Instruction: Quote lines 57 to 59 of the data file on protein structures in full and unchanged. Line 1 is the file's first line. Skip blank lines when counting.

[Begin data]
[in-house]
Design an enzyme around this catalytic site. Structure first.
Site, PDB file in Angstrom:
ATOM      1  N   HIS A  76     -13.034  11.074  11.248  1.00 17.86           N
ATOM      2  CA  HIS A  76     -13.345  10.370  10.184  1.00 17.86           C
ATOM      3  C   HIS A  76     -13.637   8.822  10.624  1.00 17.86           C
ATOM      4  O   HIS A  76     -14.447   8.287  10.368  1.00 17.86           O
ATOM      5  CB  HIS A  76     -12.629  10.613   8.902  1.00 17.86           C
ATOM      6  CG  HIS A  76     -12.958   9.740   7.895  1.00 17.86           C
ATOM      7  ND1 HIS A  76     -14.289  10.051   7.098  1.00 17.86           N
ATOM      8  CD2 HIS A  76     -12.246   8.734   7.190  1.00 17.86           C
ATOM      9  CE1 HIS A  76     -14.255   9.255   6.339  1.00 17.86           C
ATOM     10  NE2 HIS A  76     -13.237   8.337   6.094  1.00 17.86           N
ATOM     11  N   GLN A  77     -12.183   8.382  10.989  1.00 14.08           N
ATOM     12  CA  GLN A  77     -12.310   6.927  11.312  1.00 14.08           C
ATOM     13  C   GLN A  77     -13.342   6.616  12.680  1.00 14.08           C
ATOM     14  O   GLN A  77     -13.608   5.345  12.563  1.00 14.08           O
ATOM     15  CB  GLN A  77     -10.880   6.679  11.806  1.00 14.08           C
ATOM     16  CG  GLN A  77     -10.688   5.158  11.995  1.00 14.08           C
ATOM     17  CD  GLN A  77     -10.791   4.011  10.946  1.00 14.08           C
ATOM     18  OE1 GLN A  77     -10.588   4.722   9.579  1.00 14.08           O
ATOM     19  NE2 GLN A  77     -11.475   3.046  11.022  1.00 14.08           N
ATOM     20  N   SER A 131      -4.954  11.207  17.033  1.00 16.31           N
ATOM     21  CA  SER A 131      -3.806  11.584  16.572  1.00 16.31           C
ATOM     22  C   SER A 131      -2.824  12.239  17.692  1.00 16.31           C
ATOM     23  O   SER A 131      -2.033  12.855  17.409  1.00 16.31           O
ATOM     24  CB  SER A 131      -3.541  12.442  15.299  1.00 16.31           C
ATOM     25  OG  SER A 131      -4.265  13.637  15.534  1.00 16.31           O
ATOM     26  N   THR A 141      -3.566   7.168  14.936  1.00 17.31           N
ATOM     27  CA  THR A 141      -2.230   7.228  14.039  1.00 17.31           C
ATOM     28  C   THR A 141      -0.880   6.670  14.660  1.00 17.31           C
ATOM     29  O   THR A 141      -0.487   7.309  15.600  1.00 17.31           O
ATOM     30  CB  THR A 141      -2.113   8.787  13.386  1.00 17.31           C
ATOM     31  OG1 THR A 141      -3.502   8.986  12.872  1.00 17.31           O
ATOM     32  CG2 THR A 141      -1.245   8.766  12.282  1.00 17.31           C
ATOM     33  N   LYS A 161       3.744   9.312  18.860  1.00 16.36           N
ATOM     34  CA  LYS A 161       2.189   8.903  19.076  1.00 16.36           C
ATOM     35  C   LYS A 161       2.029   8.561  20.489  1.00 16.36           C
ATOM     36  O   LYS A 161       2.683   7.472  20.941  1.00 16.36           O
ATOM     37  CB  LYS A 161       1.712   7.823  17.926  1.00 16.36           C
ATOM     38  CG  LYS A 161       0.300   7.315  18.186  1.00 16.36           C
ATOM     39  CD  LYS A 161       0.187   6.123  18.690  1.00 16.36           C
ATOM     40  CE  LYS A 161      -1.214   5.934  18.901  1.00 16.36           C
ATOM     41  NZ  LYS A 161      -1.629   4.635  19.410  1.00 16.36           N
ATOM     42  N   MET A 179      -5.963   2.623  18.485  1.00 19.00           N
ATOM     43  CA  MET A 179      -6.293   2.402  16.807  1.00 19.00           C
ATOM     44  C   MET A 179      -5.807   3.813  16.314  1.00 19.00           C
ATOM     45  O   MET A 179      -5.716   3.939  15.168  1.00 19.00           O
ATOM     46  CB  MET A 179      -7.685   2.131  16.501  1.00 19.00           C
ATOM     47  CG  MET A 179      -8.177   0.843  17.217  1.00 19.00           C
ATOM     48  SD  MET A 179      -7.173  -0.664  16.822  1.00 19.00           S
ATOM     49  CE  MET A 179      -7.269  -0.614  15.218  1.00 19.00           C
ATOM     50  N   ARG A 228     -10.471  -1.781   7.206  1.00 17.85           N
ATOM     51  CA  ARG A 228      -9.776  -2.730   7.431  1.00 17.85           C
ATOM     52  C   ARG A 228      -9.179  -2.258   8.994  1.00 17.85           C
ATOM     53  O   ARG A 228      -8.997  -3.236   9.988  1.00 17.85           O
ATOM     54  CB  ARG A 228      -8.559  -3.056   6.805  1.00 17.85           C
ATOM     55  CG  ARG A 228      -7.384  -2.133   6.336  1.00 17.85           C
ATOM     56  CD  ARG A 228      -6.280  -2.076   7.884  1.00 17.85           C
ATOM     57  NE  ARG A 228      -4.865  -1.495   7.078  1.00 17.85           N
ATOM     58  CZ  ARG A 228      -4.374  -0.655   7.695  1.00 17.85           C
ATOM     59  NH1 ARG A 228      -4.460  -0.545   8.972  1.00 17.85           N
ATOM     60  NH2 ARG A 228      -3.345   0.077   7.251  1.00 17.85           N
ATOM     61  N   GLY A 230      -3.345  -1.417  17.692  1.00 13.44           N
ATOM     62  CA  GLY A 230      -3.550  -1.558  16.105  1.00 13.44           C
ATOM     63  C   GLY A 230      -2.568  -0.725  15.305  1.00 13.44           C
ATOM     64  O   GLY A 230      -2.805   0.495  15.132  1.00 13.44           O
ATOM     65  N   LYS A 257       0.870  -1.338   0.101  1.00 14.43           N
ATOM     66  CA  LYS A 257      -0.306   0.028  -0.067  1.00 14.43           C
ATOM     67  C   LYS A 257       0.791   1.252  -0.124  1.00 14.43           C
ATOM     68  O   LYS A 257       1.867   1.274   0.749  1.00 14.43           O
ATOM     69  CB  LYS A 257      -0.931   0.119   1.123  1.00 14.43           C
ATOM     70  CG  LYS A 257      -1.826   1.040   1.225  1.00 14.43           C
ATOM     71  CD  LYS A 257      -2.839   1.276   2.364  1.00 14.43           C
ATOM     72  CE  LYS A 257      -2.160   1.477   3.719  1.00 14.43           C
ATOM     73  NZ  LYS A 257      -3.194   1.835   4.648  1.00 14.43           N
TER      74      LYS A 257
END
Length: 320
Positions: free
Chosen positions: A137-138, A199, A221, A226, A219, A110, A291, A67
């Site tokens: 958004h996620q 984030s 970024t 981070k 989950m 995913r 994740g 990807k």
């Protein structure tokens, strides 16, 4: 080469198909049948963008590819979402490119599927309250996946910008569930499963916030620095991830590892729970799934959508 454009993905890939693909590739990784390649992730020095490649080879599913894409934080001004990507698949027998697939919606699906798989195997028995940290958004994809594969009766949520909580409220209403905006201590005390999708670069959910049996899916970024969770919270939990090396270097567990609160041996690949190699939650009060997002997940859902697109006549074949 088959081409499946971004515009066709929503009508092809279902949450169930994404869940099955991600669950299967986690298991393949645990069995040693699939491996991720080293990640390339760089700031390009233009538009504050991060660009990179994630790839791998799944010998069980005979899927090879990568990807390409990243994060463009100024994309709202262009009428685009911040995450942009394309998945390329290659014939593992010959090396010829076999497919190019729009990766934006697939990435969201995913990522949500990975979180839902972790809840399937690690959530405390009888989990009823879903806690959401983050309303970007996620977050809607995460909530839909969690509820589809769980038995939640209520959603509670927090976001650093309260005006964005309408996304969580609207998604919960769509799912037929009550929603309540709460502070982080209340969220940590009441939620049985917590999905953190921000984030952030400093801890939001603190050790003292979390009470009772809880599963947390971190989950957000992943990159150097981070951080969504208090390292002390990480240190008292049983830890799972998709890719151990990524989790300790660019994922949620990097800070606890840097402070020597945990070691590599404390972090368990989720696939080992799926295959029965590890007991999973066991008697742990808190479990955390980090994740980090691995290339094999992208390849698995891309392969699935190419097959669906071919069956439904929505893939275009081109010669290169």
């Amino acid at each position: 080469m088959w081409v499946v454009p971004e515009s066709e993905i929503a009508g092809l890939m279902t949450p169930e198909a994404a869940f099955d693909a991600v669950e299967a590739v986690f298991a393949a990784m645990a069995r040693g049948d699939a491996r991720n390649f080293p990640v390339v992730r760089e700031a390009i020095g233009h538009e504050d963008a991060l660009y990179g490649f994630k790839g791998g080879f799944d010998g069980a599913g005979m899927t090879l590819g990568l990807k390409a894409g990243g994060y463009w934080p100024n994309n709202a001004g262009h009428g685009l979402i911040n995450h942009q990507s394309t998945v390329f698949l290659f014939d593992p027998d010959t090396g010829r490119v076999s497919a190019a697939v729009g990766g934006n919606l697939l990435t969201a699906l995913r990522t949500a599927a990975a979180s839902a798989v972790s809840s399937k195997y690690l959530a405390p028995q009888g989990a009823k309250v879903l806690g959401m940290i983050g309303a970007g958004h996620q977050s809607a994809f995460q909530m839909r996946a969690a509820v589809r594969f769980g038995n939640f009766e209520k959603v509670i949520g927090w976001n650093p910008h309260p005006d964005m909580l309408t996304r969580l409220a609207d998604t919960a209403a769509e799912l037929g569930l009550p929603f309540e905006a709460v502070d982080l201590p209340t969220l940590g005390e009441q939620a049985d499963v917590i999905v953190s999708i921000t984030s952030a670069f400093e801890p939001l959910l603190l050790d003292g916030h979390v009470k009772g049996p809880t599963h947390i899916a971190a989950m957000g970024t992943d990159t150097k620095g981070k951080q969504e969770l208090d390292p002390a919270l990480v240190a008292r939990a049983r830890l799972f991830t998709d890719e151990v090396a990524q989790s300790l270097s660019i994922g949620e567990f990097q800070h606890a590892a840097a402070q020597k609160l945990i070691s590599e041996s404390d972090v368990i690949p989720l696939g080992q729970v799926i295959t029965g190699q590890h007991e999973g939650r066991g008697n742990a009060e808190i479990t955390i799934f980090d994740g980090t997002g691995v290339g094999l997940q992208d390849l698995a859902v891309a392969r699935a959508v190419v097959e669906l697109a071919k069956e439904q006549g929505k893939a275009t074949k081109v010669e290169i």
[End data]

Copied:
ATOM     54  CB  ARG A 228      -8.559  -3.056   6.805  1.00 17.85           C
ATOM     55  CG  ARG A 228      -7.384  -2.133   6.336  1.00 17.85           C
ATOM     56  CD  ARG A 228      -6.280  -2.076   7.884  1.00 17.85           C